GMAT Question of the Day - Daily to your Mailbox; hard ones only

It is currently 21 Nov 2018, 06:06

LIVE NOW!

LBS is Calling R1 Admits - Join Chat Room to Catch the Latest Action


Close

GMAT Club Daily Prep

Thank you for using the timer - this advanced tool can estimate your performance and suggest more practice questions. We have subscribed you to Daily Prep Questions via email.

Customized
for You

we will pick new questions that match your level based on your Timer History

Track
Your Progress

every week, we’ll send you an estimated GMAT score based on your performance

Practice
Pays

we will pick new questions that match your level based on your Timer History

Not interested in getting valuable practice questions and articles delivered to your email? No problem, unsubscribe here.

Close

Request Expert Reply

Confirm Cancel
Events & Promotions in November
PrevNext
SuMoTuWeThFrSa
28293031123
45678910
11121314151617
18192021222324
2526272829301
Open Detailed Calendar
  • All GMAT Club Tests are Free and open on November 22nd in celebration of Thanksgiving Day!

     November 22, 2018

     November 22, 2018

     10:00 PM PST

     11:00 PM PST

    Mark your calendars - All GMAT Club Tests are free and open November 22nd to celebrate Thanksgiving Day! Access will be available from 0:01 AM to 11:59 PM, Pacific Time (USA)
  • Key Strategies to Master GMAT SC

     November 24, 2018

     November 24, 2018

     07:00 AM PST

     09:00 AM PST

    Attend this webinar to learn how to leverage Meaning and Logic to solve the most challenging Sentence Correction Questions.

If k is a positive integer and n = k(k + 7k), is n divisible

  new topic post reply Question banks Downloads My Bookmarks Reviews Important topics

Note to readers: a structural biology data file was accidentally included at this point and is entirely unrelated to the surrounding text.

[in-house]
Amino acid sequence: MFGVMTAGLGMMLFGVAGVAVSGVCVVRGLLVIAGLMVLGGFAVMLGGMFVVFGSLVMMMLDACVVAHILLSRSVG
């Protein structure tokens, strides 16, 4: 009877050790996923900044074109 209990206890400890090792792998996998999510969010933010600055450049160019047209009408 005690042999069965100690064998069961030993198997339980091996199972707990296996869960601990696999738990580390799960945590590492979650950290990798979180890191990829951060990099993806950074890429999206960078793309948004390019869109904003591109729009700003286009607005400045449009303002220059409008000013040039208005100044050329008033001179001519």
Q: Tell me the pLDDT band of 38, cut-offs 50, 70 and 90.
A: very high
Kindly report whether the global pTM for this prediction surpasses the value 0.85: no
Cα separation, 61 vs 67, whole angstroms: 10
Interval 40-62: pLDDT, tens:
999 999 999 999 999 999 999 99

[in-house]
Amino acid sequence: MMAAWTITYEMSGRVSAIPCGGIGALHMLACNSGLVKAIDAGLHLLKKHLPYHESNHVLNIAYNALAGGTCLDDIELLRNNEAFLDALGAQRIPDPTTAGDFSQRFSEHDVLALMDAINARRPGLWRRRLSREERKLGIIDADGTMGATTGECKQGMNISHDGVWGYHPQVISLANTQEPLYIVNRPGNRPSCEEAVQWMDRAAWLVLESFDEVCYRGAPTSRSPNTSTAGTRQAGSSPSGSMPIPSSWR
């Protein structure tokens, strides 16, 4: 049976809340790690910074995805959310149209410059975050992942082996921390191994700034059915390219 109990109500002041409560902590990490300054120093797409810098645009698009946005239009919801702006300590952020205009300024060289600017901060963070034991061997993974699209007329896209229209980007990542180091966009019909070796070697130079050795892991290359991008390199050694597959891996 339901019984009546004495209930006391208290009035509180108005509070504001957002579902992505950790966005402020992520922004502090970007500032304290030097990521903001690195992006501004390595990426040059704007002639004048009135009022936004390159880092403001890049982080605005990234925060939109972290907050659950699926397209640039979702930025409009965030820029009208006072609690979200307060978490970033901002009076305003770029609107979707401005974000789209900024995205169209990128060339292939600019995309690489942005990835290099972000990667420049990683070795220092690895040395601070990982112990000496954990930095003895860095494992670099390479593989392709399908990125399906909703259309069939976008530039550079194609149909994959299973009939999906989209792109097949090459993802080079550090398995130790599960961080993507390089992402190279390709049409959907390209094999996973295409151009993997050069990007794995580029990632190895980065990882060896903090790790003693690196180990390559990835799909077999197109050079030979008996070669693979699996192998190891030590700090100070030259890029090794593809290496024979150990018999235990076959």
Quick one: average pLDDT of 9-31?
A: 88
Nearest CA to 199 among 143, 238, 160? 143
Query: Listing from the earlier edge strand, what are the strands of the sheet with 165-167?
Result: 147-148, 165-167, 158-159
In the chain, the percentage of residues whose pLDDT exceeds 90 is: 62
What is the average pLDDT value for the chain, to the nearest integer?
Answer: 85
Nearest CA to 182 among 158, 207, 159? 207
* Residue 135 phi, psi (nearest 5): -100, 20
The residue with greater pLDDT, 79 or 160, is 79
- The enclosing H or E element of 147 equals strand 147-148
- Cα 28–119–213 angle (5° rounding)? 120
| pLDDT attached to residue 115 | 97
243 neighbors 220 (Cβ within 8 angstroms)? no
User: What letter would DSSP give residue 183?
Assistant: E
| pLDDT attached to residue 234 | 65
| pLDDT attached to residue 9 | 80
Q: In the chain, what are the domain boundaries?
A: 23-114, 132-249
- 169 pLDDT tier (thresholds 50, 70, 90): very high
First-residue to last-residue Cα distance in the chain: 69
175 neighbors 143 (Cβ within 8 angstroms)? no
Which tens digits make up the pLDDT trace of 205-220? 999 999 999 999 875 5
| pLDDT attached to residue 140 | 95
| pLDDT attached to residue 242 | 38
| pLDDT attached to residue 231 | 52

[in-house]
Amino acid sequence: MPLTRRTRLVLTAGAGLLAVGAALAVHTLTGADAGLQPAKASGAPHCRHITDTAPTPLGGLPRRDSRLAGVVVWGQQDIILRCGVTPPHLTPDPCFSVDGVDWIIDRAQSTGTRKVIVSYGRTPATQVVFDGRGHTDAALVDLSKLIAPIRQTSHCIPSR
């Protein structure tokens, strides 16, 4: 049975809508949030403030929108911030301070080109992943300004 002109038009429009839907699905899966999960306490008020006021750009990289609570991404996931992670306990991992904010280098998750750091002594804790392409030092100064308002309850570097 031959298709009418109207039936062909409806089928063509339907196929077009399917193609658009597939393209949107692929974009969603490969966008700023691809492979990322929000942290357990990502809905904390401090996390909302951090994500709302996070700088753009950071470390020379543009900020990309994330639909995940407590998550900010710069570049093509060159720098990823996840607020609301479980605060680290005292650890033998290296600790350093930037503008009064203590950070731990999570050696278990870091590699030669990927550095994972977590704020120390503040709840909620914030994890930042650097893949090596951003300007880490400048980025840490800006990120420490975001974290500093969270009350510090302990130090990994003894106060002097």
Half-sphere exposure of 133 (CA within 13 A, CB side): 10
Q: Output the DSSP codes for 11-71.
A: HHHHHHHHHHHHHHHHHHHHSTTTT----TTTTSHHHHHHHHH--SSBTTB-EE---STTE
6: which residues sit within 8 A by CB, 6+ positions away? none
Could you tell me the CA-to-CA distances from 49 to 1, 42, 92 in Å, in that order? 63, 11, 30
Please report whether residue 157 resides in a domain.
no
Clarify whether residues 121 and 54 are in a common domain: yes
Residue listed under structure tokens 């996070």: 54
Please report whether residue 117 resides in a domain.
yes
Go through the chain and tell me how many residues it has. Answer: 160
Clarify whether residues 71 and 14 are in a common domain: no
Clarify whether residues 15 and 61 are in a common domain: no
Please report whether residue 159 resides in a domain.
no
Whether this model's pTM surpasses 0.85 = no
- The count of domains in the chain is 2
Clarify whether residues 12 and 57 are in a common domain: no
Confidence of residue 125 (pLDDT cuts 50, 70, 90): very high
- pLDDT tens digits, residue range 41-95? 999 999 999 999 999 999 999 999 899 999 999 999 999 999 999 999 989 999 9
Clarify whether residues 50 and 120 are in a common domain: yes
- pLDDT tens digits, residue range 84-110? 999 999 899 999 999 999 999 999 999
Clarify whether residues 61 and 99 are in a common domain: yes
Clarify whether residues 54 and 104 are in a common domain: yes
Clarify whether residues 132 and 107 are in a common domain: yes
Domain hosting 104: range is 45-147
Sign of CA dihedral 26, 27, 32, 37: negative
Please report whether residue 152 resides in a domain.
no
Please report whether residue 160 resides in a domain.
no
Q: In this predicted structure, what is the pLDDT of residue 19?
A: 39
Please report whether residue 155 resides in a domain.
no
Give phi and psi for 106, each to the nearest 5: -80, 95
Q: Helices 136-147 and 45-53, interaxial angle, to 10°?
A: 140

Author Message
TAGS:

Hide Tags

Veritas Prep GMAT Instructor
User avatar
P
Joined: 16 Oct 2010
Posts: 8580
Location: Pune, India
Re: If k is a positive integer and n = k(k + 7k), is n divisible  [#permalink]

Show Tags

New post 29 Mar 2016, 21:34
1
iliavko wrote:
VeritasPrepKarishma

Hello Karishma! A question here.. how do you quickly pull the 3 out of the initial statement?
(3b + 2)(3b + 9) = this one-> 3*(3b + 2)(b + 3)

Thank you!


Both terms of (3b + 9) have 3 as a factor.
(3*b + 3*3)

So you pull out a 3 from the brackets.
3*(b + 3)

Initial expression becomes
(3b + 2) * 3 * (b + 3)

The three terms are multiplied so you can arrange them in any way you like.

3 * (3b + 2) * (b + 3)
or
(b + 3) * (3b + 2) * 3
_________________

Karishma
Veritas Prep GMAT Instructor

Learn more about how Veritas Prep can help you achieve a great GMAT score by checking out their GMAT Prep Options >

GMAT self-study has never been more personalized or more fun. Try ORION Free!

Intern
Intern
avatar
Joined: 08 Feb 2015
Posts: 4
Premium Member
Re: If k is a positive integer and n = k(k + 7k), is n divisible  [#permalink]

Show Tags

New post 16 Jun 2016, 13:09
sandeepmanocha wrote:
Jem2905 wrote:
If k is a positive integer and n = k(k + 7), is n divisible by 6?

(1) k is odd.

(2) When k is divided by 3, the remainder is 2.



Divisibility by 6 means must be divisible by 3x2 (Prime Factors of 6)

1) k is Odd
==> k(k+7) = Odd(Odd+Odd) = Even
This will give me at least one factor of 2.. but nothing about factor of 3

[Insufficient]

2) k Divided by 3 ==> Remainder = 2
Now Possible values could be
2,5,8,11 -- Alternatively Even and Odd
So if k=2,8,...
Then I am getting One factor of 2 and when I add these to 7 I get Multiple of 3,

Similarly when I I choose k=5,11.. Odd Number with remainder of 2 and I add them to 7 I get Even Multiple of 3 i.e. Multiple of 6

This is happening because, Numbers with Remainders of 2 when added to 7, which leaves remainder of 1 when divided by 3, makes the Sum Divisible by 3
[Sufficient] <--- Answer is B



Agreed with Sandeep, if K is divisble by 3 and the remainder is 2, then (k+7) would divide evenly by 3 as 7/3 has a remainder of 1.
So 7/3=2*3+1 & k/3=a*3+2 -> (k+7)/3=(a*3+2)+(2*3+1)=3a+3+2*3=3(a+1+2) ->this is divisble by 3
Now, if k is odd k(k+7) is even, and if k is even k(k+7) is even, which means it is divisible by 2. Therefore it is divisible by both 2 and 3.
Manager
Manager
User avatar
B
Joined: 20 Jan 2017
Posts: 60
Location: United States (NY)
Schools: CBS '20 (A)
GMAT 1: 750 Q48 V44
GMAT 2: 610 Q34 V41
GPA: 3.92
Reviews Badge
Re: If k is a positive integer and n = k(k + 7k), is n divisible  [#permalink]

Show Tags

New post 29 Jan 2017, 15:34
1) First statement is insufficient. Smart numbers: k=1: 1*8=8, 8/6=1.666; k=3: 3*10=30, 30/6=5
2) To find out if n is divisible by 6 we need to find if n is divisible by 2 and divisible by 3. If k is even (e.g. 8, 14, 20...) then it is divisible by 2. If k is odd (5, 11, 17...), then k(odd)+7(odd)=even and it is divisible by 2. Since k/3 has a remainder of 2, and 7/3 has a remainder of 1, the remainders add up to another 3, thus k+7 is always divisible by 3.